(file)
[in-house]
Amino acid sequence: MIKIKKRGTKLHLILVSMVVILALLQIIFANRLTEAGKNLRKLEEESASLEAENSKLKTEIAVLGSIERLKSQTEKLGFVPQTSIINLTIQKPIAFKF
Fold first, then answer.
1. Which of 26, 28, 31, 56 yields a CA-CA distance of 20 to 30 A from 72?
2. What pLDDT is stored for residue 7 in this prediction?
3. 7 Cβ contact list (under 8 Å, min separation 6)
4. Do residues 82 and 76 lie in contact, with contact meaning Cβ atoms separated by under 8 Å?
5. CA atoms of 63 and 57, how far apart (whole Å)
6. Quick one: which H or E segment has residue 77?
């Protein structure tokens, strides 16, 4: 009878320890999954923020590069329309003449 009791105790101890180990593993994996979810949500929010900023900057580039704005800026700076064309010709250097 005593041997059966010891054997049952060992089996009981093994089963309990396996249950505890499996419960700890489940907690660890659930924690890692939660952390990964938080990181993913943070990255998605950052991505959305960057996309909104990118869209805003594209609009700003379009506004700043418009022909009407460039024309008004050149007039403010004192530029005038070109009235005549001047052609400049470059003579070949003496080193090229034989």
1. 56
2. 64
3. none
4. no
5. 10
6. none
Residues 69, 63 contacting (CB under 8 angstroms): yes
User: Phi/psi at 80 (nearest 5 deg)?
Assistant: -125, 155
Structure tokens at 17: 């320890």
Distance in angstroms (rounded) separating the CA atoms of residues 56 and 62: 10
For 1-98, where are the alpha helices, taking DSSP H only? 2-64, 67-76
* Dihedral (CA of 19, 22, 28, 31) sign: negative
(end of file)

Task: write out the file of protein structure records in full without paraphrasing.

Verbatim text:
[in-house]
Amino acid sequence: MIKIKKRGTKLHLILVSMVVILALLQIIFANRLTEAGKNLRKLEEESASLEAENSKLKTEIAVLGSIERLKSQTEKLGFVPQTSIINLTIQKPIAFKF
Fold first, then answer.
1. Which of 26, 28, 31, 56 yields a CA-CA distance of 20 to 30 A from 72?
2. What pLDDT is stored for residue 7 in this prediction?
3. 7 Cβ contact list (under 8 Å, min separation 6)
4. Do residues 82 and 76 lie in contact, with contact meaning Cβ atoms separated by under 8 Å?
5. CA atoms of 63 and 57, how far apart (whole Å)
6. Quick one: which H or E segment has residue 77?
């Protein structure tokens, strides 16, 4: 009878320890999954923020590069329309003449 009791105790101890180990593993994996979810949500929010900023900057580039704005800026700076064309010709250097 005593041997059966010891054997049952060992089996009981093994089963309990396996249950505890499996419960700890489940907690660890659930924690890692939660952390990964938080990181993913943070990255998605950052991505959305960057996309909104990118869209805003594209609009700003379009506004700043418009022909009407460039024309008004050149007039403010004192530029005038070109009235005549001047052609400049470059003579070949003496080193090229034989």
1. 56
2. 64
3. none
4. no
5. 10
6. none
Residues 69, 63 contacting (CB under 8 angstroms): yes
User: Phi/psi at 80 (nearest 5 deg)?
Assistant: -125, 155
Structure tokens at 17: 């320890």
Distance in angstroms (rounded) separating the CA atoms of residues 56 and 62: 10
For 1-98, where are the alpha helices, taking DSSP H only? 2-64, 67-76
* Dihedral (CA of 19, 22, 28, 31) sign: negative